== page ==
A high performance lighting system for 2D games

Topic will be started with the custom lighting system that allows for a lot 2D light sources even on low spec hardware. It was made in Unity but this approach should work in any game engine that lets you create procedural meshes.

Procedural Meshes to the rescue!
The basic idea is to use a procedural mesh to “stamp” the lighting data into a light buffer that is then sampled in shaders. This is not that different from how deffered lighting works, however this solution only needs to work in 2D so author can get this done in one draw call for all my lights at once by using a procedural mesh to draw the light.

The lasers in the example were rendered with a procedural mesh so it already had a texture lying around which can be used to store the light falloff in.

The laser sheet. The marked areas have the diffuse falloff used for all the laser lights.

For a given visual type of laser it needed the lengthy bits of the laser, the end caps and the larger flare that appear wherever they hit a wall. On a side note those flares are there to hide that each beam segment are just rendered out as a simple quad strip so they don’t overlap very nicely. It’s a bit of cheat but it works visually as well.

Diagram of how the mesh was generated for a single laser. Each segment needs a quad for each end and a quad for the straight segment in the middle. The light from the impact flare needs it’s own quad as well. This is the same topology used to draw the laser itself.

For creating the light for each laser author take the positions of each segment and expand their vertices outwards based on how far the light from the laser shall reach. Then other light sources have their vertices created and added to the mesh.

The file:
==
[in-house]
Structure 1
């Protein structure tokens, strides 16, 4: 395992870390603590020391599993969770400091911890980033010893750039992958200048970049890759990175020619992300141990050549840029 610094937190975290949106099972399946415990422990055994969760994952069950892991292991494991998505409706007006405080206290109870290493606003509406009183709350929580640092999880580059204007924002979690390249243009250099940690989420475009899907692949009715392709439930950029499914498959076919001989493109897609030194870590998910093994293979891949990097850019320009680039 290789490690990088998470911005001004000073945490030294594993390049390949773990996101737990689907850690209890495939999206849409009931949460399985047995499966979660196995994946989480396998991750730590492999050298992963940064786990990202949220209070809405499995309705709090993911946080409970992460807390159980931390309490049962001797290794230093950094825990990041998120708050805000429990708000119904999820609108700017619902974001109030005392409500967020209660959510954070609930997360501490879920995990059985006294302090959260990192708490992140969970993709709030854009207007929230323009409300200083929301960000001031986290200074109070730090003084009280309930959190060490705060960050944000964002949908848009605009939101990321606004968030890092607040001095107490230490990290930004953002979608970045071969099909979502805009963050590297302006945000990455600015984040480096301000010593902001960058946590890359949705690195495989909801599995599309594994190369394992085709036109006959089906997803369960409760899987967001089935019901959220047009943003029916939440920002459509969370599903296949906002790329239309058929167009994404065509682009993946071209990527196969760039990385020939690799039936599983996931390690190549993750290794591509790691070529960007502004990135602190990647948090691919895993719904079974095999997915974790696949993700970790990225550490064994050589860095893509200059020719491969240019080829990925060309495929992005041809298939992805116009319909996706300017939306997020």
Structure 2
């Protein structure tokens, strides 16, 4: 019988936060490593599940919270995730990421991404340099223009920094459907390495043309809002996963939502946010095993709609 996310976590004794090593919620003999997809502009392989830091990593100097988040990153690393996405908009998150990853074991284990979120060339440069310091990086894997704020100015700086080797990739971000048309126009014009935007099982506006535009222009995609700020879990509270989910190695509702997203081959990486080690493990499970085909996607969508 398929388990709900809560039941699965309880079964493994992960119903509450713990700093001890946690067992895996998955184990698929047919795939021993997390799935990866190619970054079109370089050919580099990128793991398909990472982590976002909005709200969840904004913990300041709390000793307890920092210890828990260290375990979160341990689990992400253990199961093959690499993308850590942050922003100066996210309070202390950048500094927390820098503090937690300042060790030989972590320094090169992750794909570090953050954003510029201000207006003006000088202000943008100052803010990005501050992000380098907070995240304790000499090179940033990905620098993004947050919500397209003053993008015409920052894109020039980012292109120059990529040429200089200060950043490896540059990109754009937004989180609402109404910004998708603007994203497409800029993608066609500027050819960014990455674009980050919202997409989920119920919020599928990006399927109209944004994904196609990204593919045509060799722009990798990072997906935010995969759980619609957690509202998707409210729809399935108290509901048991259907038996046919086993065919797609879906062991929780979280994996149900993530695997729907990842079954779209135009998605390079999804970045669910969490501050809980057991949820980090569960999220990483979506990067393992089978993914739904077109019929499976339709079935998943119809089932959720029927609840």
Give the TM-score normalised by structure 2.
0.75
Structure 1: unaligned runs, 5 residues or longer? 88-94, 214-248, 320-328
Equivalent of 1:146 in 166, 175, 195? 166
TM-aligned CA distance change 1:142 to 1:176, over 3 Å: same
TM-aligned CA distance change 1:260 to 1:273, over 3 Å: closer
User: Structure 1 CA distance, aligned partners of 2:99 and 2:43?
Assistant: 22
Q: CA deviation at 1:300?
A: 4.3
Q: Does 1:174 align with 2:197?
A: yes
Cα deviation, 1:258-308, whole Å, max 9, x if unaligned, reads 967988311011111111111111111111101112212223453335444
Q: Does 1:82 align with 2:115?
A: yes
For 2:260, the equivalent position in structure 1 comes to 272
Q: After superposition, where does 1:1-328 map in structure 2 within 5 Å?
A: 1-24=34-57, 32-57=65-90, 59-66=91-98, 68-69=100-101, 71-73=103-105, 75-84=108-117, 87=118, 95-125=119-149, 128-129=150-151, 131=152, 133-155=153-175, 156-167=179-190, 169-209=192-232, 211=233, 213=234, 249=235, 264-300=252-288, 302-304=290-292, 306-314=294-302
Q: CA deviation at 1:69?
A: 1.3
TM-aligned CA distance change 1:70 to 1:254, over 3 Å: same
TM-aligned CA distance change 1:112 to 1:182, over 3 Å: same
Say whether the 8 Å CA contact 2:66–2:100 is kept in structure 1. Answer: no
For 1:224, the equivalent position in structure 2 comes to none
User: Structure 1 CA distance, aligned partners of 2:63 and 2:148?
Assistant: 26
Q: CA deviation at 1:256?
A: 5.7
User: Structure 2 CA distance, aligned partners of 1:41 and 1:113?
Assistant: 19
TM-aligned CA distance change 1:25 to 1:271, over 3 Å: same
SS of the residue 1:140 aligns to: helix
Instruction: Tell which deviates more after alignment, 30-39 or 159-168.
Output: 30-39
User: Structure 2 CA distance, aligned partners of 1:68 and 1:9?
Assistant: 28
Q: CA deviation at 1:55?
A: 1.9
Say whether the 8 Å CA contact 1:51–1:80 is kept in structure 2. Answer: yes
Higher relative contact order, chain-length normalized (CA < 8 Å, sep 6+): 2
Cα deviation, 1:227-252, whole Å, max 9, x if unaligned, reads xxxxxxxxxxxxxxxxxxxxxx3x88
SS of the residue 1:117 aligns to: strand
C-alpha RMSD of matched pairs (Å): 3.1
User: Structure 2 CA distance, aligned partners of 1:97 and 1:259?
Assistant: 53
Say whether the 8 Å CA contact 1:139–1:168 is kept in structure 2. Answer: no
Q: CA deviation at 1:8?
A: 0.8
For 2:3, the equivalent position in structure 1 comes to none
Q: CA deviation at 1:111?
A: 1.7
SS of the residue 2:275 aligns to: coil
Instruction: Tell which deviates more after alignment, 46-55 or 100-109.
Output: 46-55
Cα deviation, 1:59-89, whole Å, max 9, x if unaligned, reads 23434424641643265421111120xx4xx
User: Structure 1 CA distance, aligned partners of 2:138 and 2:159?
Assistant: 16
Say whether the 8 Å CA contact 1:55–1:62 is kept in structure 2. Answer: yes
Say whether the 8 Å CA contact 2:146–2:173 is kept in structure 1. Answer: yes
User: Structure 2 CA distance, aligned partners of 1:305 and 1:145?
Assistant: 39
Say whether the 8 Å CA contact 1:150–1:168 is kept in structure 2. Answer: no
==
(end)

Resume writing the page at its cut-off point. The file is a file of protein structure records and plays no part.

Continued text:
The mesh is then rendered into a separate color buffer. In Unity author did this with a camera that has the same position and size as the main camera. It then renders into a RenderTexture using layers to exclude everything but the light mesh.

This color buffer was then sent to the GPU as a uniform texture so it could be used from any shader. Custom shaders were created for sprites, particles and anything else that needed lighting. In the vertex shader each vertex is also assigned it’s viewport position so that can act as uv coordinates when sampling the light texture in the fragment shader. The backgrounds in the game are the most interesting. Here the alpha channel is used to determine how reflective a given texel is. This helped a lot with adding more depth to the game.

The system features a couple of optimizations. The main one is frustum culling each light source before the vertices for it is created. This both reduces the amounts of CPU computations needed, and also limits the amount of vertices that has to be streamed to the GPU. As you might be able to see in the above GIF the light buffer is also at a much lower resolution than the game. Author found that he could reduce it to be just 10% the size of the game’s resolution without having any artifacts. When the texture is read in the shaders bilinear sampling gives enough interpolation for this to still work out. This reduces the amount of fill rate the lighting system uses which gave me enough rendering juice left to run a couple of image effects on top.


Some current limitations of the system is that it doesn’t support shadows. This is something you can likely add in with a cost to performance . If you want shadows it will also mean you probably can’t do the trick with the low resolution light buffer. One thing it doesn’t allow for is specular reflections. This could be achieved by having another laser sheet that uses the color channels to represent directions which are then stamped into a separate direction buffer but this is beyond the scope of what I needed for Laser Disco Defenders.


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